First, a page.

Gigablast

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Gigablast
Web address www.gigablast.com
Type of site
Web search engine
Registration Optional
Available in English
Written in C/C++
Created by Matt Wells
Launched 2000; 15 years ago (2000)
Alexa rank
12,634[1]
Current status Online

Gigablast is a small independent web search engine based in New Mexico.[2] It was founded in 2000 by Matt Wells, formerly of Infoseek. Its source code was released under the Apache license in 2013. It was bought by Yippy, Inc. in 2013.[3]

Gigablast provides, or has provided, search results to other companies, such as Ixquick,[4] Clusty,[5] Zuula, Snap,[6] and Blingo.

In 2003, New York Times columnist Lee Dembart mentioned that "Gigablast has its adherents", but opined that Google is "head and shoulders" above it, and adds that Google's search results are more complete.[7]

In July 2013, the Gigablast search engine source code in C/C++ was released as open source under version 2.0 of the Apache license.[8]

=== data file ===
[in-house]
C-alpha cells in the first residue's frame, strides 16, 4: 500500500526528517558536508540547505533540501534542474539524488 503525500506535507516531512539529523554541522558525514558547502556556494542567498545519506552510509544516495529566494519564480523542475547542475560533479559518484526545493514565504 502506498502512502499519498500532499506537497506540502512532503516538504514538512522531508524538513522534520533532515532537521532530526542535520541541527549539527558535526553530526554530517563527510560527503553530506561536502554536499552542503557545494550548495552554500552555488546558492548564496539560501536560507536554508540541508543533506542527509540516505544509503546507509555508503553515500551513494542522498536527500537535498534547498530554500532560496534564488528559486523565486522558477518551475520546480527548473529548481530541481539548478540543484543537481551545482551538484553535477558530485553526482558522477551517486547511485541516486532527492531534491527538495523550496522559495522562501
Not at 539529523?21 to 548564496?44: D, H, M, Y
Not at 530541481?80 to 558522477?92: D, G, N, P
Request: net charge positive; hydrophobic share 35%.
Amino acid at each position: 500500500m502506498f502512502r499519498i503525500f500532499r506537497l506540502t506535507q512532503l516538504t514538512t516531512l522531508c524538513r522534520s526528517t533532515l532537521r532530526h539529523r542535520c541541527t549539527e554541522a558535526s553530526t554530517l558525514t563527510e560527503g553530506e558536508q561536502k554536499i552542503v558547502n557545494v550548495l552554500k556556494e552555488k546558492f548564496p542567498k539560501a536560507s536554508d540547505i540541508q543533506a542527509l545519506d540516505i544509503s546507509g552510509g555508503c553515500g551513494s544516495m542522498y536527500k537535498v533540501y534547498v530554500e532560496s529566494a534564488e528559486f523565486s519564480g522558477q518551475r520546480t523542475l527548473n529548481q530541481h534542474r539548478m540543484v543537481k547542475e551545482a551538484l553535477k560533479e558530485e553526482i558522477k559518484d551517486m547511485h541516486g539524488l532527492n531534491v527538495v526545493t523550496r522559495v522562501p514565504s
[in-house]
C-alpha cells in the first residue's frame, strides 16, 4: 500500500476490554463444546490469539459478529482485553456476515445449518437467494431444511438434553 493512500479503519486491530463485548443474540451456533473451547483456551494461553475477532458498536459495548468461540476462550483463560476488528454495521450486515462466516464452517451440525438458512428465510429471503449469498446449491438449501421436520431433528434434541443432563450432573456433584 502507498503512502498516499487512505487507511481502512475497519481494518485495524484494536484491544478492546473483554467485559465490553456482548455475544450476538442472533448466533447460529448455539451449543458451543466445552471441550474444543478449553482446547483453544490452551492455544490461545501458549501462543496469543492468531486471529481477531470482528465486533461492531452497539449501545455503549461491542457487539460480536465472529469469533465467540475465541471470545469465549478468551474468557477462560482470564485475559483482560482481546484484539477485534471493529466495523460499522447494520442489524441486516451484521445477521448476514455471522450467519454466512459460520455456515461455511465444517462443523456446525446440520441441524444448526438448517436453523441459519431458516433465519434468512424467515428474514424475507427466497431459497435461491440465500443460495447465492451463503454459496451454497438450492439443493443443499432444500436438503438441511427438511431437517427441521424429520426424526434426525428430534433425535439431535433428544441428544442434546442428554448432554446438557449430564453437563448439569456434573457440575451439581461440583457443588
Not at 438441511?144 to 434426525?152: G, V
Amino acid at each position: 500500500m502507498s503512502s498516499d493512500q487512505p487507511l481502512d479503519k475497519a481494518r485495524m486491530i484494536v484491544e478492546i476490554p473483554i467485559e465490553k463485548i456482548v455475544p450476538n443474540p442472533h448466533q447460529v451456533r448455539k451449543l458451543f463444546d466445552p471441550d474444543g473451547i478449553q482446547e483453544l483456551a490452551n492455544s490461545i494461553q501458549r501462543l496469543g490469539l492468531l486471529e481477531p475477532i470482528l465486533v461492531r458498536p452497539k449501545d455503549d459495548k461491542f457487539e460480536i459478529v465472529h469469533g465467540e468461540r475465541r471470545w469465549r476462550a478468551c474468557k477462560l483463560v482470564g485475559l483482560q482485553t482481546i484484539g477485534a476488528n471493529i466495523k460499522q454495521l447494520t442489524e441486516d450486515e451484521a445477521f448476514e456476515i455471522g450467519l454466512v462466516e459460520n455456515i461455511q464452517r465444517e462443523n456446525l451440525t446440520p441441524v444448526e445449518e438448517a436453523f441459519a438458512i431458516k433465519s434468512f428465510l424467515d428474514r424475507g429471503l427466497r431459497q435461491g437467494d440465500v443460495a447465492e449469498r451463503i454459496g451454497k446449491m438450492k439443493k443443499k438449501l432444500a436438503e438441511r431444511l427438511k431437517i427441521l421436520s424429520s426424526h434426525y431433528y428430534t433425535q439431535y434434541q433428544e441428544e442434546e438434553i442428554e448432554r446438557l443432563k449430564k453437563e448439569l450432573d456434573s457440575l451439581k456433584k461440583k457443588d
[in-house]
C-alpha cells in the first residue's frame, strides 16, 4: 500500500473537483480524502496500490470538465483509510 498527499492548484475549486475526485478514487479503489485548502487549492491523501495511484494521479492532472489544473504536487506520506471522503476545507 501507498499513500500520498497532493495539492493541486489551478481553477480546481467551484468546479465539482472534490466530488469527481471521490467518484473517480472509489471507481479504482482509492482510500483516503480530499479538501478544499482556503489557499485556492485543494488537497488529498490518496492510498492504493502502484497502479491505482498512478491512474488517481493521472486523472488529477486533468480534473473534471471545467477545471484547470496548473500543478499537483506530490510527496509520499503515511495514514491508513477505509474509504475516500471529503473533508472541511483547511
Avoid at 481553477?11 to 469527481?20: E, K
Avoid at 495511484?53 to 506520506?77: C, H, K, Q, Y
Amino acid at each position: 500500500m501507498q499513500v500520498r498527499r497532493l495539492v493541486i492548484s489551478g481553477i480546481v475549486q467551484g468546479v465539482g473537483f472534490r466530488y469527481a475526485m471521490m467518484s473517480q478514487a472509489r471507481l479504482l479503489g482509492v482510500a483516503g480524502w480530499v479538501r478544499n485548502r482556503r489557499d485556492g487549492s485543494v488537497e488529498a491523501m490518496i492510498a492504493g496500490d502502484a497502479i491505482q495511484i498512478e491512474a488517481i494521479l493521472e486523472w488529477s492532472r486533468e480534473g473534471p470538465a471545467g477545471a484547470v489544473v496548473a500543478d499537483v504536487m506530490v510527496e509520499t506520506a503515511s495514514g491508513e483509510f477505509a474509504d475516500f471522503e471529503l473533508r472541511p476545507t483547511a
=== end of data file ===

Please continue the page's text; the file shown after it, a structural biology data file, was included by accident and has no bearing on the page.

Features[edit]

Gigablast supports various specialized searches and Boolean operators.[9] It also supports a related-concepts feature called "Giga Bits"[10] and a blog-search feature.[11]

References[edit]

  1. ^ "Gigablast.com Site Info". Alexa. Retrieved 8 December 2013. 
  2. ^ Burge, Randy (11 June 2007). "New Mexico's soil fertile for brainchilds". Albuquerque Tribune. Retrieved 8 December 2013. 
  3. ^ "Yippy, Inc. (YIPI) to acquire Gigablast, Inc. and Web Research Properties, LLC to Expand Consumer Search, Enterprise, and eDiscovery Products", PR Newswire, 26 June 2013
  4. ^ "Ixquick Q&A". Ixquick. January 2009. Retrieved 8 December 2013. 
  5. ^ "Do Alternative Search Engines Measure Up?". PC World. 23 October 2007. Retrieved 8 December 2013. 
  6. ^ Delaney, Kevin J. (6 October 2004). "Snap Enters Field Of Search Engines With Some Twists". The Wall Street Journal. Retrieved 8 December 2013. Closed access
  7. ^ Dembart, Lee (March 24, 2003). "Being Googled". The New York Times. Google is indispensable to anyone who uses the Internet. It isn't the only search engine — Teoma has its adherents, as does Gigablast — but Google is head and shoulders above the others. 
  8. ^ "Gigablast Now an Open Source Search Engine". PR Newswire. 30 July 2013. Retrieved 8 December 2013. 
  9. ^ Rubenking, Janet (1 February 2003). "Search Smarter". PC Magazine. Retrieved 8 December 2013. 
  10. ^ Shaw, Maura D. (2007). "Conducting Advanced Searches". Mastering Online Research: A Comprehensive Guide to Effective and Efficient Search Strategies. Writer's Digest. p. 81. ISBN 1582974586. 
  11. ^ Arrington, Michael (9 July 2005). "Profile – Gigablast (Blog Search)". Tech Crunch. Retrieved 8 December 2013. 

Bibliography[edit]

External links[edit]